“A man who develops himself is born twice.” Argentine saying.
Argentina is a land of many dichotomies. It is the land of the GAUCHO, the country where Latin music and one of the world’s most popular dances, the TANGO, were introduced. A country where a steak is almost revered and more red meat is eaten per capita than anywhere else in the world. A country whose name is derived from the Latin word for “silver.” It is also a country which had 5 rulers in 10 days back in 2001. And now, it is a producer of fine, world class wines.
The Santa Julia Winery located in Mendoza, Argentina is a true family operation. Around 1950, Alberto Zuccardi arrived from Italy and began experimenting with irrigation systems in the area as water was very scarce and very valuable. It wasn’t until 1963 when he planted a vineyard, sort of as a showcase for farmers in the area as a method of growing and irrigating crops. That was when Alberto discovered his passion and together with his wife, Emma, began a South American institution which still thrives today. In 1976, their son Jose, joined the company and steered it toward its present course, the production of a superior grape which in turn would produce superior wines. He named these fine wines after his only daughter, Julia.
Santa Julia Pinot Grigio is one one of the fine products produced by the Zuccardi family. A wonderful Cabernet, Malbec, Chardonnay and now a foray into olive oil production has set this family name in very high esteem in the region. Producing fine products was the goal of Alberto and his vision has been shared by his family. They have instituted modern methods of production with a strong eye on tradition and a commitment to quality, all done as Alberto would have liked. This commitment and passion have motivated the family and made this one of the largest wineries in the country.
The Pinot Grigio, which I have sampled is a true Pinot, the “real thing,” so to speak. That is, it is light, with an emphasis on a citrusy taste. Essences of pear, mango and pineapple make this a very nice wine to enjoy while sitting poolside or on a patio under an umbrella. If your tastes go away from mixed drinks, as do mine, this is a perfect substitute. With a light gold color with the slightest hints of green it just says refreshing. In fact, in the sun the bottle will produce a lovely rainbow effect which just may make you hesitate before moving the bottle. I did not decant this wine, but I did let it rest for a few minutes before pouring and this gave me kind of an idea of what I was in for. The aroma is distinct, yet delicate, as a Pinot Grigio should be.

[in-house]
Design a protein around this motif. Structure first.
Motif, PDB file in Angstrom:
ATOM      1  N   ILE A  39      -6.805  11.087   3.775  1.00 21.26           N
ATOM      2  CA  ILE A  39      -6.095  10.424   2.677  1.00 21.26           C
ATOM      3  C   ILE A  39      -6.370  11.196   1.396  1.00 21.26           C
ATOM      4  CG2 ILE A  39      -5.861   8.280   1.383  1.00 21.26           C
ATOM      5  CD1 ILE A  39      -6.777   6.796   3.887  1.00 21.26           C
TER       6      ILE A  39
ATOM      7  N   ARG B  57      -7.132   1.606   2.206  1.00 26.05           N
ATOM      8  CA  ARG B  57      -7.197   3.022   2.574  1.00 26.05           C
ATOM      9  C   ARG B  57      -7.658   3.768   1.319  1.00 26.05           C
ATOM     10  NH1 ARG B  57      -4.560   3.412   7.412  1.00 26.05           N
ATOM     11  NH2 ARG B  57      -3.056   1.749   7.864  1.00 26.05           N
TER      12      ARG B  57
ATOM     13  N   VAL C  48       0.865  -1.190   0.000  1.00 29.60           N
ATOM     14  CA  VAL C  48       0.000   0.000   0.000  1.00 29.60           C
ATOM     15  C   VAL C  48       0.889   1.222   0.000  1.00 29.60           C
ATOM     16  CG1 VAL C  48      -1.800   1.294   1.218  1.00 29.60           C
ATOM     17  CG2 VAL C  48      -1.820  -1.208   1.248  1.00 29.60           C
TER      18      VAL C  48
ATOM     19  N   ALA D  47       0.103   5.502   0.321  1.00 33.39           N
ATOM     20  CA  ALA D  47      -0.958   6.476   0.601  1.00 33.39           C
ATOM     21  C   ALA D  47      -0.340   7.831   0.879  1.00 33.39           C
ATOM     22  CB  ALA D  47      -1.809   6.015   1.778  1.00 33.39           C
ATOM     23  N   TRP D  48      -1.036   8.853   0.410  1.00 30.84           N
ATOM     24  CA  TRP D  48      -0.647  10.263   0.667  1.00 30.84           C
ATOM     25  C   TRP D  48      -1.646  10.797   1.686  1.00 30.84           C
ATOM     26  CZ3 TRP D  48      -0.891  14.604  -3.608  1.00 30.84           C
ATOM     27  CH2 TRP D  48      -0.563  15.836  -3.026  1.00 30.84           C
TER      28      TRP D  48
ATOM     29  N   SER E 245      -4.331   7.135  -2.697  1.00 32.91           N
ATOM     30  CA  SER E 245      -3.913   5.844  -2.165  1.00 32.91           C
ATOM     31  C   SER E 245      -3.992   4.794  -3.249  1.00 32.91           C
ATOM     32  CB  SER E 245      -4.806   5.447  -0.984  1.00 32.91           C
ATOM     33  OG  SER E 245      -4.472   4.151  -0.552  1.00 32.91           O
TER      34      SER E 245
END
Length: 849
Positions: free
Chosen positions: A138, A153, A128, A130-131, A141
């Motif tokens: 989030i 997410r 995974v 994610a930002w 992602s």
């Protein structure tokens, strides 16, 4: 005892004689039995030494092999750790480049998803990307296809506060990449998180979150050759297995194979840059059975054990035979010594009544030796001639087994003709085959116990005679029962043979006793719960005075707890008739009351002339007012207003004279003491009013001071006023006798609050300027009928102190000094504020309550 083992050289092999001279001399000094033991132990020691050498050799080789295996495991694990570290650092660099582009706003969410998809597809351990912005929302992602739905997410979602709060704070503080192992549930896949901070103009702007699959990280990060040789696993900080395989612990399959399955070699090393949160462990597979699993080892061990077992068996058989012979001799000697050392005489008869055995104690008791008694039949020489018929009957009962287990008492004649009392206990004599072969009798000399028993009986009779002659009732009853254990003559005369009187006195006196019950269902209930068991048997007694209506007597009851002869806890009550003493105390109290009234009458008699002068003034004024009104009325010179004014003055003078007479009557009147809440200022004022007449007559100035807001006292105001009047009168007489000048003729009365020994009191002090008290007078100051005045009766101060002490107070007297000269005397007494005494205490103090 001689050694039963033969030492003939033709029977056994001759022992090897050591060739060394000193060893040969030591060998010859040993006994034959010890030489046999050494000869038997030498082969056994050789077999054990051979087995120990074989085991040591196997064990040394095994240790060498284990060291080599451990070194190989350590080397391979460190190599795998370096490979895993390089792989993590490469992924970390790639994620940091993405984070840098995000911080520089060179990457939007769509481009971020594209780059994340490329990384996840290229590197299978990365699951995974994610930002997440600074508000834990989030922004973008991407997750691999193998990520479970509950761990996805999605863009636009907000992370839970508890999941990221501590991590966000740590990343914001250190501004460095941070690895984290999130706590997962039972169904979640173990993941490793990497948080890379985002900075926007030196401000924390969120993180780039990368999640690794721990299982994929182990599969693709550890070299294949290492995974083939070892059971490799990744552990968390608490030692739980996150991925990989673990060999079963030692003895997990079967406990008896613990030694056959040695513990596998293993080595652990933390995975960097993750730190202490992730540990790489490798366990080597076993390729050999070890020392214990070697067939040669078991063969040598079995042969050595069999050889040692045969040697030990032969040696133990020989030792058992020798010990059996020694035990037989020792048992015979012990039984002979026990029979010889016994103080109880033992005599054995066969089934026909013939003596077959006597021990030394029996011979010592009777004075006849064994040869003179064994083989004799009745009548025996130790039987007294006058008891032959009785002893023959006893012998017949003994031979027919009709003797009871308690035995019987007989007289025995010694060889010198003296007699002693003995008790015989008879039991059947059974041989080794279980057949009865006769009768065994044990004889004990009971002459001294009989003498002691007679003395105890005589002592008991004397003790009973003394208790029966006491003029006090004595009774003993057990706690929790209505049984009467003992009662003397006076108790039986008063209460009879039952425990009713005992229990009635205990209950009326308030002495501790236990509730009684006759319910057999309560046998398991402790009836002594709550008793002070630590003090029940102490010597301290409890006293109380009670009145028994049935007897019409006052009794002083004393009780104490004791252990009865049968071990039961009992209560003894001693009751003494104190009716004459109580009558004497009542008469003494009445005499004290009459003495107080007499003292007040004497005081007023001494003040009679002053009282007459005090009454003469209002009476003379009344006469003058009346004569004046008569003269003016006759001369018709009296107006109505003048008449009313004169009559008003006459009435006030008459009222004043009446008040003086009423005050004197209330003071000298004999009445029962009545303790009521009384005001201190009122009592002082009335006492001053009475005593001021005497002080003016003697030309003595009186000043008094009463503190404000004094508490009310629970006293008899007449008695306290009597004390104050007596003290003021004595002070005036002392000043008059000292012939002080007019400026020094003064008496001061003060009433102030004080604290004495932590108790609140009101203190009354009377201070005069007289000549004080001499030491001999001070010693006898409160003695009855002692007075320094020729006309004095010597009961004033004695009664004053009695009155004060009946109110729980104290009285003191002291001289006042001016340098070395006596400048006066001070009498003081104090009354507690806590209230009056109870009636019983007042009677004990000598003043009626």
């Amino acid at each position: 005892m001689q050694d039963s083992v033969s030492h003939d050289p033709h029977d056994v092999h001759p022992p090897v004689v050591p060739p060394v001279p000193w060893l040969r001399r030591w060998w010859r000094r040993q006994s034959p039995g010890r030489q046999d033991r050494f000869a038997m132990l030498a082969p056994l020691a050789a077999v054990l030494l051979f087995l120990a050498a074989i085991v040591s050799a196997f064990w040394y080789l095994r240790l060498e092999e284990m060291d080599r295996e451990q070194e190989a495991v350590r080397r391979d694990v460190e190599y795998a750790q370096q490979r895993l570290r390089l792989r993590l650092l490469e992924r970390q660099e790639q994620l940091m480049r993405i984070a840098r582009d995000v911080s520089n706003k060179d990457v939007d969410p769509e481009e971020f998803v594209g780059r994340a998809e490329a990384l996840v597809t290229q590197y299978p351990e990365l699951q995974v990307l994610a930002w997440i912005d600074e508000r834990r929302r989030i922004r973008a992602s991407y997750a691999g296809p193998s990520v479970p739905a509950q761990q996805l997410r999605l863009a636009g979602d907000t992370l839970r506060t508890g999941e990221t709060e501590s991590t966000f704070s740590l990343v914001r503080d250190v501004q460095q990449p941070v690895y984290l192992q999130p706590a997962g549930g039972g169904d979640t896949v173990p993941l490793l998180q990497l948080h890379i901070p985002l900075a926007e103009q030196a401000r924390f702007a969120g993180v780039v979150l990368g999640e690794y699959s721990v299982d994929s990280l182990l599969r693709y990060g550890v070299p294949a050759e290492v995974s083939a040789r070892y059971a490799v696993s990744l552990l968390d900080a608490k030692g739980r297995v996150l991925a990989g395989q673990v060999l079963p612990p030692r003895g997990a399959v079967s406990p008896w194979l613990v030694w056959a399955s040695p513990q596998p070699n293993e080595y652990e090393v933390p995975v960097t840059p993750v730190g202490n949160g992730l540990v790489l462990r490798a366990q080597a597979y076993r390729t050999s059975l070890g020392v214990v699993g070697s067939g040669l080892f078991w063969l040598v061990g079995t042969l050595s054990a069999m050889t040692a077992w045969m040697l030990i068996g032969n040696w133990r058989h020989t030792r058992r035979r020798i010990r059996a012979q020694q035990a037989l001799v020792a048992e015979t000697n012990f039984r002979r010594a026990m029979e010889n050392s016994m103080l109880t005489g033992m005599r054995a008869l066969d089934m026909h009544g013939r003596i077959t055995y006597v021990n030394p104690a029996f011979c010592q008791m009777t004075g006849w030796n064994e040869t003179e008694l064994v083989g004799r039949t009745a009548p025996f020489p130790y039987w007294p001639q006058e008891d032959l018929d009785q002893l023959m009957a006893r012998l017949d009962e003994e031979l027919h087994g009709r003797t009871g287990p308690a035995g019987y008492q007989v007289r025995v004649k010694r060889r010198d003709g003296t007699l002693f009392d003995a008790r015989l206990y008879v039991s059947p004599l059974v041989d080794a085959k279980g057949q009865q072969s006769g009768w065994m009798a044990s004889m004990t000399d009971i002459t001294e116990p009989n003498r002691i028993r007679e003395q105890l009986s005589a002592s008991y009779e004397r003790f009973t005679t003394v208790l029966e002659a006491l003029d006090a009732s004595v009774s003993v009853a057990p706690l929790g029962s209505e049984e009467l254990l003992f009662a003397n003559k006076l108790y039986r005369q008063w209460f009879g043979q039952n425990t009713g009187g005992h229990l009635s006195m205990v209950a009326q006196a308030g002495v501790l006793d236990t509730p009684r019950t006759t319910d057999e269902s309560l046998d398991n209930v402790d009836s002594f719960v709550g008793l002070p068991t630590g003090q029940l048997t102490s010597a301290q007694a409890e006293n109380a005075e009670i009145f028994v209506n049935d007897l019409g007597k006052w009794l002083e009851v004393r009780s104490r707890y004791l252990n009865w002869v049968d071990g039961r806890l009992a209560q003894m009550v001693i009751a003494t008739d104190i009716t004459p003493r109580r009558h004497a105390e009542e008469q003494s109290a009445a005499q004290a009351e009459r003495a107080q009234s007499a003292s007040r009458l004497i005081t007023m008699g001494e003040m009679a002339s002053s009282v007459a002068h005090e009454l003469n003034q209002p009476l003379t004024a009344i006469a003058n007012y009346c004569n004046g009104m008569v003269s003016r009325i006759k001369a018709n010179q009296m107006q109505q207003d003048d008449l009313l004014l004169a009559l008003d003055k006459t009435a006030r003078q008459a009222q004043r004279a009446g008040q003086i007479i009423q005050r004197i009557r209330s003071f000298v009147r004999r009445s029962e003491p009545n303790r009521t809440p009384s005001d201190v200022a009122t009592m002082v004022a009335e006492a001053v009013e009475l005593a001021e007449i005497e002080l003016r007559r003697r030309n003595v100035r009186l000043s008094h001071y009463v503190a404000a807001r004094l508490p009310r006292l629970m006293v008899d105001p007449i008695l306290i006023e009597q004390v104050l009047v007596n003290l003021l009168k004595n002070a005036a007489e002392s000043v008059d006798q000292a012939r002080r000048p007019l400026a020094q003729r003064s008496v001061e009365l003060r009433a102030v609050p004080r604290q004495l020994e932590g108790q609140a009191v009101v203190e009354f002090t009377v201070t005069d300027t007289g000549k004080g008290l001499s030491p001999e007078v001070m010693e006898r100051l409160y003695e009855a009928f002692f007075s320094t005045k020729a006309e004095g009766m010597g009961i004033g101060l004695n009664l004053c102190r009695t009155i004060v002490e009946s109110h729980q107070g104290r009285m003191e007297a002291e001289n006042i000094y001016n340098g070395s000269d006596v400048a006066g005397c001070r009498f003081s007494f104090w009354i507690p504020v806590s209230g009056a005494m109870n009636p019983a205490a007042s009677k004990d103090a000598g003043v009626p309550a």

Now, I am not an expert on South American wine. In fact I am not an expert on any wine from anywhere in the world. But I do know a wine that has taste, that has body and that can please. This wine delivers on all fronts. I would pair it with shellfish or vegetarian dishes and light, mild cheeses. It would also be an excellent choice for a turkey or roasted pheasant as it would complement each nicely. It is also perfect as an aperitif, kind of an opening salvo to a Friday night dinner with friends where you want the wine to make a grand entrance, but be subtle at the same time.
At $12-$15 per bottle I would say this wine is an excellent value and an equally good change of pace from an American or European wine, simply due to its land of origin. While Argentina is widely known for its production and consumption of beef, this wine stands out as a beacon of freshness, a symbol of light and air. From bottle to glass, this wine is a very good choice.